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Complex Numbers

Complex numbers is an important topic of IIT JEE Mathematics as it fetches several questions in the exam. Locus based approach of complex numbers is one of the several mathematical tools which can be usefully employed in solving problems of coordinate geometry. This chapter discusses the operations of complex numbers and the application of properties such as multiplication of two complex numbers. The concept of rotation has been dealt with adequate number of tricks of different levels. This has been expressed in detail with ample problems and by illustrations. The application of properties of modulus and conjugate in solving problems has been dealt with in a unique way and discussed by illustrations in depth.

What exactly do we mean by complex numbers?

A complex number, generally represented by the number z is the number of the form z = a + ib, where a and b are real numbers and ‘i’ is the imaginary number iota satisfying the condition i2 = -1.  

Example: 3 – 4i is a complex number where 3 is called the real part of the complex number while 4 is the imaginary part.

 

The chapter has been divided into several parts like:

  • Representation of complex number

  • Algebraic Operations of complex numbers

  • Geometrical representation of algebraic operations

  • Distance, Triangle Inequality

  • Conjugate and argument of complex numbers

  • Cube roots of Unity

  • Demoivre’s Theorem

  • Rotation

We shall give a brief outline of all the topics here. The heads have been discussed in detail with illustrative examples in the coming sections:

 

Every complex number can be classified as:

Classification of Complex Number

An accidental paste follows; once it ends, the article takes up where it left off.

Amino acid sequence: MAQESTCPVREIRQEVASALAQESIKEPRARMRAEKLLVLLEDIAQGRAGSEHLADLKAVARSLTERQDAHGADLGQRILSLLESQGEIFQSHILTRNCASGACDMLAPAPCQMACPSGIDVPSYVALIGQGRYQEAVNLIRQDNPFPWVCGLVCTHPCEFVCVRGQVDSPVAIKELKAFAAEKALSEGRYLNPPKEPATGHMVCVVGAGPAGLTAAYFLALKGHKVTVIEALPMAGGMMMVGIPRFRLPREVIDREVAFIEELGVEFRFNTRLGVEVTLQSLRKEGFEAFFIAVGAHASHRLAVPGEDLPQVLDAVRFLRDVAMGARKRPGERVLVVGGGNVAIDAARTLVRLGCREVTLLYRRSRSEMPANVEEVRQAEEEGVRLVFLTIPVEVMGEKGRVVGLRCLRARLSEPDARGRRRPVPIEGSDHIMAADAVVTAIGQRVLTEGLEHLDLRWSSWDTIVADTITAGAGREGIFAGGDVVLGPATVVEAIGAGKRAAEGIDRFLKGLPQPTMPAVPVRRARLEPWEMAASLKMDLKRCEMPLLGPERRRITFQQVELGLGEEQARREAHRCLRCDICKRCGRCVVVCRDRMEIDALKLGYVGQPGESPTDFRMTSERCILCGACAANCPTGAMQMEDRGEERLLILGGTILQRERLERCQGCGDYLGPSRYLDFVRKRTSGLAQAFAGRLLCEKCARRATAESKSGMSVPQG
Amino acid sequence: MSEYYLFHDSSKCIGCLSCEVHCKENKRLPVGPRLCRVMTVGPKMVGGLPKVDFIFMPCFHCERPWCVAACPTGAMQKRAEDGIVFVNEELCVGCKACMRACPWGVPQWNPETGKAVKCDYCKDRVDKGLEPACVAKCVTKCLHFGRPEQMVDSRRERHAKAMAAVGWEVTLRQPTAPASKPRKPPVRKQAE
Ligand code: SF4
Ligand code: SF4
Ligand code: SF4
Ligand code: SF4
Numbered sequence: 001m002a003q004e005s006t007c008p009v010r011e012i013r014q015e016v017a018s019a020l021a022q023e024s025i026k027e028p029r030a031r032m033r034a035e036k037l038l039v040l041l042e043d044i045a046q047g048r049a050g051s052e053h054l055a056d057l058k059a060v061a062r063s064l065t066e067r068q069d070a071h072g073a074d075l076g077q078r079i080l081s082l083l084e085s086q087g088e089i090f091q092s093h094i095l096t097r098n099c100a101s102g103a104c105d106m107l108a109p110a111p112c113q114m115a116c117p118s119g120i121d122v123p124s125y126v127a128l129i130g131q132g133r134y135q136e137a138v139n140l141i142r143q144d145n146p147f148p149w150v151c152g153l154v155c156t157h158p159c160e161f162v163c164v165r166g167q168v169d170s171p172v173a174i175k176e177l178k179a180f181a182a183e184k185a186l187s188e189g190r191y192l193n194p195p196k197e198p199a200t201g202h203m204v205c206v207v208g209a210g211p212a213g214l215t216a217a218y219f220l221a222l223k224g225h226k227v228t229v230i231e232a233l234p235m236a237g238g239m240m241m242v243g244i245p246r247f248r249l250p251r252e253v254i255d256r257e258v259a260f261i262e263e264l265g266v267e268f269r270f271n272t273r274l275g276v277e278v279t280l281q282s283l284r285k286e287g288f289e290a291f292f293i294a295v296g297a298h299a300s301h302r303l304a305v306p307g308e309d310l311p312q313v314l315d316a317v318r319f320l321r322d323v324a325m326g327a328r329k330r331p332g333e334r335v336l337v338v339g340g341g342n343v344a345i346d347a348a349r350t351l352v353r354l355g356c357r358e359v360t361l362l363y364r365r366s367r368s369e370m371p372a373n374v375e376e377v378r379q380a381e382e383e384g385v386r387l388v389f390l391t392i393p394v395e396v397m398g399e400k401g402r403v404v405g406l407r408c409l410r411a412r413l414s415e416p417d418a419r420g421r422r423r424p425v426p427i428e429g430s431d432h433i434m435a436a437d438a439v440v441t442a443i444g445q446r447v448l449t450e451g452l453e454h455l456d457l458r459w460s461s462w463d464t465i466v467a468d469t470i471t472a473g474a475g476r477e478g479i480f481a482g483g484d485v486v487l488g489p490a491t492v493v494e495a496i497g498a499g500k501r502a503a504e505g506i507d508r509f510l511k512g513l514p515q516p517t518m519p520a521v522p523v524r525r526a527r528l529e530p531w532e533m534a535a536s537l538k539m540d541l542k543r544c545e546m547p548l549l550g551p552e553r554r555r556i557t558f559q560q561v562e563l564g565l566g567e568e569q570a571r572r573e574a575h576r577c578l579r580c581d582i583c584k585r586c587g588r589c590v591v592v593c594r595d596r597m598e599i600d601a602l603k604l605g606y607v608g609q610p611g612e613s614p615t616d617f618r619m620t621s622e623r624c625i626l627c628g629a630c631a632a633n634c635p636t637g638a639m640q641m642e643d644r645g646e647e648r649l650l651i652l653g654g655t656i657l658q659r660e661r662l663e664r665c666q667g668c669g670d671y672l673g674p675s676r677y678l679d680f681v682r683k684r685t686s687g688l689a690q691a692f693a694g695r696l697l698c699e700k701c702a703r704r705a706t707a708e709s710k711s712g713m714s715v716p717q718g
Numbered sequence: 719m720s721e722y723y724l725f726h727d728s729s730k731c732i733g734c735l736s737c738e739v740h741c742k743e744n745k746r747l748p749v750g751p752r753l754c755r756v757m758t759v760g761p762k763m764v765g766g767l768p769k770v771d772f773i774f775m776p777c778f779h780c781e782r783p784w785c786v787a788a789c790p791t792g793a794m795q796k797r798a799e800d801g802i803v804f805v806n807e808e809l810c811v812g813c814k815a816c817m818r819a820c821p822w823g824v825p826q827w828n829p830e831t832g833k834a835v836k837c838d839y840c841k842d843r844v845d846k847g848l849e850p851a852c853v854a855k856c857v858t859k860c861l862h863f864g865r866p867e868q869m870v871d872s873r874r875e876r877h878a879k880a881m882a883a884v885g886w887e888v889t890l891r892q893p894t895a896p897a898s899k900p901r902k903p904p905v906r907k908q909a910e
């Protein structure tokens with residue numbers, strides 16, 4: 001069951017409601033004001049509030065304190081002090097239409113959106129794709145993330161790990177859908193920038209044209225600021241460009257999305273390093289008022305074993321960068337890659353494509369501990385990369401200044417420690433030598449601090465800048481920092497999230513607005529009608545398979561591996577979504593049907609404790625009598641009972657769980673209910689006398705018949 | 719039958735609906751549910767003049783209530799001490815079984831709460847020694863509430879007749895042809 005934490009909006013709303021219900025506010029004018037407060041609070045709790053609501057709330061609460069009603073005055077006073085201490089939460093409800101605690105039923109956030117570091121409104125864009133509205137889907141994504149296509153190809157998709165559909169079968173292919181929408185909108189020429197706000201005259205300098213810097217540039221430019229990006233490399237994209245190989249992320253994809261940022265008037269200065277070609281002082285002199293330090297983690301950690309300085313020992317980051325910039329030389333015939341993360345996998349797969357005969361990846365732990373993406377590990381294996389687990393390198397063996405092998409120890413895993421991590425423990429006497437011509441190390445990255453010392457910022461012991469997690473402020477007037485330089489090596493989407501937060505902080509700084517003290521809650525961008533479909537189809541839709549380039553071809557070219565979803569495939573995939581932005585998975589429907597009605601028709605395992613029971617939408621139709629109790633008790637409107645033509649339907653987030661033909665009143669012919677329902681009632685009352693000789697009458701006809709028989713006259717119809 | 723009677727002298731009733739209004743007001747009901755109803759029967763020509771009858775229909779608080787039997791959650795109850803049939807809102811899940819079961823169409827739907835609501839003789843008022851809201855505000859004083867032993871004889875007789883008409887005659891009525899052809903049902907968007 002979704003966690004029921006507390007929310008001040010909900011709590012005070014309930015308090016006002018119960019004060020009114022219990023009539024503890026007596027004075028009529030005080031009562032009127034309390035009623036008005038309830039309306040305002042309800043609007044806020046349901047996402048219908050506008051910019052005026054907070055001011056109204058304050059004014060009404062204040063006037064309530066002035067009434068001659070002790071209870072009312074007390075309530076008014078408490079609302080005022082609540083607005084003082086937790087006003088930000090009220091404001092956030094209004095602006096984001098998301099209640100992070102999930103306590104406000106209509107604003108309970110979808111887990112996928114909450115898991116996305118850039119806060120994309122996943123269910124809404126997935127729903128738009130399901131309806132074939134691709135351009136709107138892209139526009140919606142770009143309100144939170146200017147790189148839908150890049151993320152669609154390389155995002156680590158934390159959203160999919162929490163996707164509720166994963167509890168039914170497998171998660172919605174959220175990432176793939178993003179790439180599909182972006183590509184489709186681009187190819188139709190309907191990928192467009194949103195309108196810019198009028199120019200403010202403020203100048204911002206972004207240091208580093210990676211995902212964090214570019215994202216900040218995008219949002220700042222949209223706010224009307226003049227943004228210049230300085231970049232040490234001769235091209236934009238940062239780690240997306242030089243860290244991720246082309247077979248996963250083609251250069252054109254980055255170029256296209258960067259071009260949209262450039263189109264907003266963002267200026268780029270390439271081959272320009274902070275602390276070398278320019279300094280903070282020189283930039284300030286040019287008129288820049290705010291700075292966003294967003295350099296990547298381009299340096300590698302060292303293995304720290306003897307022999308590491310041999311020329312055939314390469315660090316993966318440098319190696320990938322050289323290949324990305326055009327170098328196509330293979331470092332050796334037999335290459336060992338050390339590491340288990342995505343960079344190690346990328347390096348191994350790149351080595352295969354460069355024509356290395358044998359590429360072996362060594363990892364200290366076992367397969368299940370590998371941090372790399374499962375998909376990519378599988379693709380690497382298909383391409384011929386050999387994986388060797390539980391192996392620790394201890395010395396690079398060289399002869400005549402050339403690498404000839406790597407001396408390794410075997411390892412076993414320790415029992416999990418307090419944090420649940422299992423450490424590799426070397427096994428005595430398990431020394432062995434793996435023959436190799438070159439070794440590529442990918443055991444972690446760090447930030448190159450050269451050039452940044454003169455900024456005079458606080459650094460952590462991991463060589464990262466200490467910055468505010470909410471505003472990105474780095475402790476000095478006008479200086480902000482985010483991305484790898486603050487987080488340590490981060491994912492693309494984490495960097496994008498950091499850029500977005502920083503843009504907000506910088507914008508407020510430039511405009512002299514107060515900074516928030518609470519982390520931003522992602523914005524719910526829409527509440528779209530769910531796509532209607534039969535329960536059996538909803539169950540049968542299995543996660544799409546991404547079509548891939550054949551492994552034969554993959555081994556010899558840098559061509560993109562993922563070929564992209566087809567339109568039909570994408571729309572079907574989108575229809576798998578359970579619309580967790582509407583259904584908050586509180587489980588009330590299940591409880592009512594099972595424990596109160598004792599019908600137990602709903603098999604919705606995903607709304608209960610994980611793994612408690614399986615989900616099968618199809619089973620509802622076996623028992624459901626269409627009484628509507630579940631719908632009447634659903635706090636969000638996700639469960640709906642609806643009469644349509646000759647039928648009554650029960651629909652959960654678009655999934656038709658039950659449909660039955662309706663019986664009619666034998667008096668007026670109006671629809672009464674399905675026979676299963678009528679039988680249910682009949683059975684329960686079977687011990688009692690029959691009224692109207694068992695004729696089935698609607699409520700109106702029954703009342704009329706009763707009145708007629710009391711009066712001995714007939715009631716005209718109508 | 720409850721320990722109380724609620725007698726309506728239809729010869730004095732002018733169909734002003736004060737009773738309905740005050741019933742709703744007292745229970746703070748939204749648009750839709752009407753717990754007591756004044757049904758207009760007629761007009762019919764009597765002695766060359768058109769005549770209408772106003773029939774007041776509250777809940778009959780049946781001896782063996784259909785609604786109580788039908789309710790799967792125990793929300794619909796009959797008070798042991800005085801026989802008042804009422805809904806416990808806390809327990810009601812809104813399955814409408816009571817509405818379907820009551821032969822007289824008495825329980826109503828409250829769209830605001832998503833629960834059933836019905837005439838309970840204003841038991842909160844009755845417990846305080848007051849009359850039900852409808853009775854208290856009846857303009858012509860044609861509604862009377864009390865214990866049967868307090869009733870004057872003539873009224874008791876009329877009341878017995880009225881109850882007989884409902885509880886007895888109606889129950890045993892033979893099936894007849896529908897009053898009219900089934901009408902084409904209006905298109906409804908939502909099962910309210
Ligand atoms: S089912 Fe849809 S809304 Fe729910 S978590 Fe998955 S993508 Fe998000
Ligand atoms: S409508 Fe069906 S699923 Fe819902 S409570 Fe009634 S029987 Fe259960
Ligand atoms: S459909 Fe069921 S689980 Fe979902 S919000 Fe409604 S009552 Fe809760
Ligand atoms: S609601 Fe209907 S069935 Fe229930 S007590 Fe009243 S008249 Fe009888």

Complex NumberTwo complex numbers say z1 and z2 are said to be equal if their corresponding real and imaginary parts are equal. For example:

If z1 = a + ib and z2 = c + id then z1 = z2 implies that a = c and b = d.

 

 

 

Conjugate of a complex number

 

If we have a complex number z = a + ib, then its conjugate is denoted by or z* and is equal to a – ib. In fact, for any complex number z, its conjugate is given by

z* = Re(z) – Im(z).



View the video on complex numbers 




The absolute value of a complex number z = a + ib is defined by |z| = √x2 + y2. The absolute value basically signifies the magnitude of the complex number.

 

Argument of a complex number is a quite tricky but an important concept of complex numbers. The argument of the complex number is the magnitude of the angle which it makes with the positive direction of x-axis. Given the complex number z = x + iy, the below list shows the value of argument according to the positive or negative real and imaginary parts:

Note:

  • If z is purely real positive complex number then amp (z) = 0.

  • If z is purely imaginary positive complex number then amp (z) = π/2.

  • If z is purely real negative complex number then amp (z) = π.

  • If z is purely imaginary negative complex number then amp (z) = -π/2.

 

(A) Addition of Complex Numbers:

In order to add two complex numbers, the corresponding real and imaginary parts get added to each other.

To add two complex numbers we add each element separately:

(a + bi) + (c + di) = (a + c) + (b + d)i

Example: (3 + 2i) + (1 + 7i) = (4 + 9i)

(B) Subtraction of Complex Numbers::

z1 - z2 = (x1 + iy1) - ( x2 + iy2) = (x1 - x2) + i(y1 - y2) ∈ C

Re(z1 - z2) = Re(z1) - Re(z2) and

Im(z1 - z2) = Im(z1) - Im(z2)

(C) Multiplication of Complex Numbers:

The multiplication of two complex numbers is defined by the formula:

(a + ib)(c + id) = (ac – bd) + i(ad + bc), using the value of i2 = -1.

(D) Division of Complex Numbers:

The division of two complex numbers is performed by first multiplying the term by the conjugate of denominator and then simplifying it further. For example: if we wish to perform the following division (a + ib)/(c + id), then we first multiply both the numerator and denominator by the (c – id) i.e. the conjugate of the denominator and then simplify.

Case-1:

Statement :

If n is any integer then

(i) (cos θ + i sin θ)n = cos nθ + i sin nθ

(ii) (cos θ1 + i sin θ1)(cos θ2 + i sin θ2)(cos θ3 + i sin θ2)(cos θ3 + i sin θ3) …… (cos θn + i sin θn) = cos (θ1 + θ2 + θ3 + . .  . . θn) + i sin (θ1 + θ2 + θ3 + . .  . . θn)